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HomeNewsLocal newsDespite ‘Colossal Setback’ of COVID-19, Governor Expresses Hope for V.I.’s Economy

Despite ‘Colossal Setback’ of COVID-19, Governor Expresses Hope for V.I.’s Economy

Gov. Albert Bryan Jr. (Government House photo)
Gov. Albert Bryan Jr. (Government House photo)

Just when it looked like the Virgin Islands economy was on track for a comeback following the double blow of hurricanes Irma and Maria in September 2017, the territory, like the rest of the world, was hit by COVID-19.

“It’s a colossal setback,” Gov. Albert Bryan Jr. said in a recent interview with the Source. A delayed Tax Day just passed on July 15, he noted, with the Government of the Virgin Islands facing a certain shortfall. At a press conference on Monday, he was blunt in his assessment: “Our government has been operating on fumes the last few months and we are facing an extremely austere budget for fiscal year 2021.”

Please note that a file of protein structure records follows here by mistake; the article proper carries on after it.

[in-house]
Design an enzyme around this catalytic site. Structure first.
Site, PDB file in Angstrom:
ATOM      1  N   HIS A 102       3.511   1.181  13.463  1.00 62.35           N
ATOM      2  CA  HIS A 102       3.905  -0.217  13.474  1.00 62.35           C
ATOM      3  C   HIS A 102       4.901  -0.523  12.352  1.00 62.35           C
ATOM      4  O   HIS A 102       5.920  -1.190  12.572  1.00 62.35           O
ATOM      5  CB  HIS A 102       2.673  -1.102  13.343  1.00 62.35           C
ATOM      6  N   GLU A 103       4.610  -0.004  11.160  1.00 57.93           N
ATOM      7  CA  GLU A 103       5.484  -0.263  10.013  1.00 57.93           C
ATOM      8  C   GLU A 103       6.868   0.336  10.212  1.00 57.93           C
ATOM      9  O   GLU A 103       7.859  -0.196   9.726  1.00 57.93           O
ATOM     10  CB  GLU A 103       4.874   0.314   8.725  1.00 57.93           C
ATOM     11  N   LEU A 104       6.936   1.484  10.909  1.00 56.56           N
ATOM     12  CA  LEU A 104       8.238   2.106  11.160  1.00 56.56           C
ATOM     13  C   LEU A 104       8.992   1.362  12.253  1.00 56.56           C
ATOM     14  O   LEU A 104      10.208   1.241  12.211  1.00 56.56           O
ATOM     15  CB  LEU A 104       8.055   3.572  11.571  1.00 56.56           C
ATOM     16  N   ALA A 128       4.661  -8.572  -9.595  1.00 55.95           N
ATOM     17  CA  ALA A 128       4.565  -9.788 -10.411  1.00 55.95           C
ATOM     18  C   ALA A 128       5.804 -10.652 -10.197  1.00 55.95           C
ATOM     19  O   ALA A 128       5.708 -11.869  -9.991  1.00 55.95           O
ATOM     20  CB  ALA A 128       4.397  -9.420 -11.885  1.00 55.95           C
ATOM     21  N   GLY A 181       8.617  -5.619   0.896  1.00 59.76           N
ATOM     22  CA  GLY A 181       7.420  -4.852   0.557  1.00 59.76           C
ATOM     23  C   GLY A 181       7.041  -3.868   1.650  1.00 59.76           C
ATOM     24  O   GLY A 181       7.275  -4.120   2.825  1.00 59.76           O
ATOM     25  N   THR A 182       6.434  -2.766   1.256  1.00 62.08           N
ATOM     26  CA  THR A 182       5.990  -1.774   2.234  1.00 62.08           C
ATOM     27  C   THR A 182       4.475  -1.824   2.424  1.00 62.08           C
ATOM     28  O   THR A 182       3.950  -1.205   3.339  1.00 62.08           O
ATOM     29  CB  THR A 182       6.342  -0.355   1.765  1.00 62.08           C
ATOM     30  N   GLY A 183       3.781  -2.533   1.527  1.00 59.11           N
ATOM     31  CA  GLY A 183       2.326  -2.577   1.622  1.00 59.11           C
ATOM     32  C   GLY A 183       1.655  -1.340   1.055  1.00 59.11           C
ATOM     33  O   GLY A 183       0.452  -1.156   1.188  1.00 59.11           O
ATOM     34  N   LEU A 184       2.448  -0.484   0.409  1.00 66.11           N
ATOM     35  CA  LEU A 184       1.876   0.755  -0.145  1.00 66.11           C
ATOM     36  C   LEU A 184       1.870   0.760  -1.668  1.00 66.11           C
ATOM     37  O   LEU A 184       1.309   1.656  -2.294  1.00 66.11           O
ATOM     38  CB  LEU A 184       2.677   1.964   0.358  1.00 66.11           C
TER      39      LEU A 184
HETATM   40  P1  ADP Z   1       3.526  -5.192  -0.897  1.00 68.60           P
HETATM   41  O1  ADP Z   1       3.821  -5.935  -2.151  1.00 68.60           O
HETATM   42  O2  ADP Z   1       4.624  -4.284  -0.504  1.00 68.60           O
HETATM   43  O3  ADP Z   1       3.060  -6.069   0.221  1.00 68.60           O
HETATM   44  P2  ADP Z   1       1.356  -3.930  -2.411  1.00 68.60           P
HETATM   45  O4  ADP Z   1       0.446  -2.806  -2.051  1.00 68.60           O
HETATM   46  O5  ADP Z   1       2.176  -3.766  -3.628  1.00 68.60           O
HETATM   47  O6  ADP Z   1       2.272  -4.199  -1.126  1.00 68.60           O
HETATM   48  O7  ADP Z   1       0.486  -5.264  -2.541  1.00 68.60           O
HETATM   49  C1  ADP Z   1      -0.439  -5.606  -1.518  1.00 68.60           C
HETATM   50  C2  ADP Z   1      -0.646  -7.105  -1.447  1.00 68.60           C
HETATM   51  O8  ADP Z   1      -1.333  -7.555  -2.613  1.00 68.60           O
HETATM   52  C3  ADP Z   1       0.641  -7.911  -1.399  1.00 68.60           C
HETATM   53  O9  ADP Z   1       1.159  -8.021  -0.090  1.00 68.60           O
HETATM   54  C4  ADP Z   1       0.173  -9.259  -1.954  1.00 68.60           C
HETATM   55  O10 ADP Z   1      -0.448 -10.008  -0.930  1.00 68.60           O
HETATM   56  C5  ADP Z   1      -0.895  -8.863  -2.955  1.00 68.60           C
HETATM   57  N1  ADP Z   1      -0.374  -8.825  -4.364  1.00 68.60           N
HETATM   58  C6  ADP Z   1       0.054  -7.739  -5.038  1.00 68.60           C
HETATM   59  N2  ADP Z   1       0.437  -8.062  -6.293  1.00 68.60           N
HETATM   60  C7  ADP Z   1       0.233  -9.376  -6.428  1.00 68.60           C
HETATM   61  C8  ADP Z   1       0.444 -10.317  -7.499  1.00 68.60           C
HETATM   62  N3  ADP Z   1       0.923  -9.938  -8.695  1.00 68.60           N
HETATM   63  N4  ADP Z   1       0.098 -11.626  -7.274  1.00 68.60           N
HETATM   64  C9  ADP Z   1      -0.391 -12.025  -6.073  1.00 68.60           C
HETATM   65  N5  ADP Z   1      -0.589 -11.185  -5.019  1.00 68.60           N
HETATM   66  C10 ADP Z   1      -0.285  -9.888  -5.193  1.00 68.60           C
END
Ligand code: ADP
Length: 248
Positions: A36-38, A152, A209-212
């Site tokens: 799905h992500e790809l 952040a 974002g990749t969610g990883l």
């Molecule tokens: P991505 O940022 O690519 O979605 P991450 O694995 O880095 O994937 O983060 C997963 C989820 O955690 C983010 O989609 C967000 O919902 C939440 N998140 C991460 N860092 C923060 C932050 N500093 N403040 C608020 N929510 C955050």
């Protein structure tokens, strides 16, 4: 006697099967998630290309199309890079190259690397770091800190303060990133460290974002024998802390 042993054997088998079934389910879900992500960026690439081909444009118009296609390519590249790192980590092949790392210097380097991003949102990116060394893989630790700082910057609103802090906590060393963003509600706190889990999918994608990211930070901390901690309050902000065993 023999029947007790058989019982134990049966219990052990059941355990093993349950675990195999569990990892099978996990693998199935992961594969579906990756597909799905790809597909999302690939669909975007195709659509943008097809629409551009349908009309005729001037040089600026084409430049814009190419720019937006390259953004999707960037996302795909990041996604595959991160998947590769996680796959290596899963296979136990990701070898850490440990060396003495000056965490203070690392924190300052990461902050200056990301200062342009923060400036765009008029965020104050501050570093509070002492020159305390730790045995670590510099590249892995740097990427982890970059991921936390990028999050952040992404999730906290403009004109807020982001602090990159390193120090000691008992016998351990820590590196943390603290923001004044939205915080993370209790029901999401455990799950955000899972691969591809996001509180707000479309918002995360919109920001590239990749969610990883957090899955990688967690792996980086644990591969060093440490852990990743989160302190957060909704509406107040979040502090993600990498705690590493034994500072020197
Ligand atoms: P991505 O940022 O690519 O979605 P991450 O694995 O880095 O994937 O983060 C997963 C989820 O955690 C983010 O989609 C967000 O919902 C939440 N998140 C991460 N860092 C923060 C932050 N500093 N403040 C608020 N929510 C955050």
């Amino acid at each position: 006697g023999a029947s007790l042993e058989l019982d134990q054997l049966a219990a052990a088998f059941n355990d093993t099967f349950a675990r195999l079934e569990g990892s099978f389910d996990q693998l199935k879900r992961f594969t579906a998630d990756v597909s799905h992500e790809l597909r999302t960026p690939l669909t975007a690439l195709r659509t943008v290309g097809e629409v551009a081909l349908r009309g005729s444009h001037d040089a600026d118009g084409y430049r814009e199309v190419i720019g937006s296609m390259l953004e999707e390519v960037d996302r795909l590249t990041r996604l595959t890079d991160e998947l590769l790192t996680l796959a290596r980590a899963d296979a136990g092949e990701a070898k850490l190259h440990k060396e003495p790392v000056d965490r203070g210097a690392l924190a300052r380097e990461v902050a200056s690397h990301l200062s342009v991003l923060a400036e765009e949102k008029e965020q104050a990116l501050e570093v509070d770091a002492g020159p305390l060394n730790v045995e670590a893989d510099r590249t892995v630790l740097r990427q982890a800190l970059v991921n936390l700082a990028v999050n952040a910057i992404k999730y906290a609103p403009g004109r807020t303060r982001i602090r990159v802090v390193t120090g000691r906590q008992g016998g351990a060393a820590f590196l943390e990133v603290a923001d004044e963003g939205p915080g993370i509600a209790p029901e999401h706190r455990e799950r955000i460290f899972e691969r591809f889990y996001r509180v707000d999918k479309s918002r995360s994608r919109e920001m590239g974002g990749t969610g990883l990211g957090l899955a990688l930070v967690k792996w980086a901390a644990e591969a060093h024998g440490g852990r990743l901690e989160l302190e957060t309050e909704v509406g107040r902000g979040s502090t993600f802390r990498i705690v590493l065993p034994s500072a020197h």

While that’s enough to keep any leader up at night, Bryan is confident that when the pandemic eases, the territory will be poised for a comeback as the government eyes several ongoing initiatives to diversify the economy, though still with an emphasis on the islands’ lifeblood: tourism.

The industry has long been dependent on cruise ships to help fuel the V.I. economy, and while the Centers for Disease Control and Prevention has extended its no-cruise order for all cruise lines operating in U.S. waters through Sept. 30, Bryan is certain the sector “is going to come roaring back.”

“Everybody got cruise credits for next year,” he noted, and based on the influx of tourists as the territory entered its “Open Doors” phase on June 1, “everybody is needing a vacation.” He also takes comfort in the fact that “50 to 75 percent of cruisers are repeat customers,” and that they will indeed return.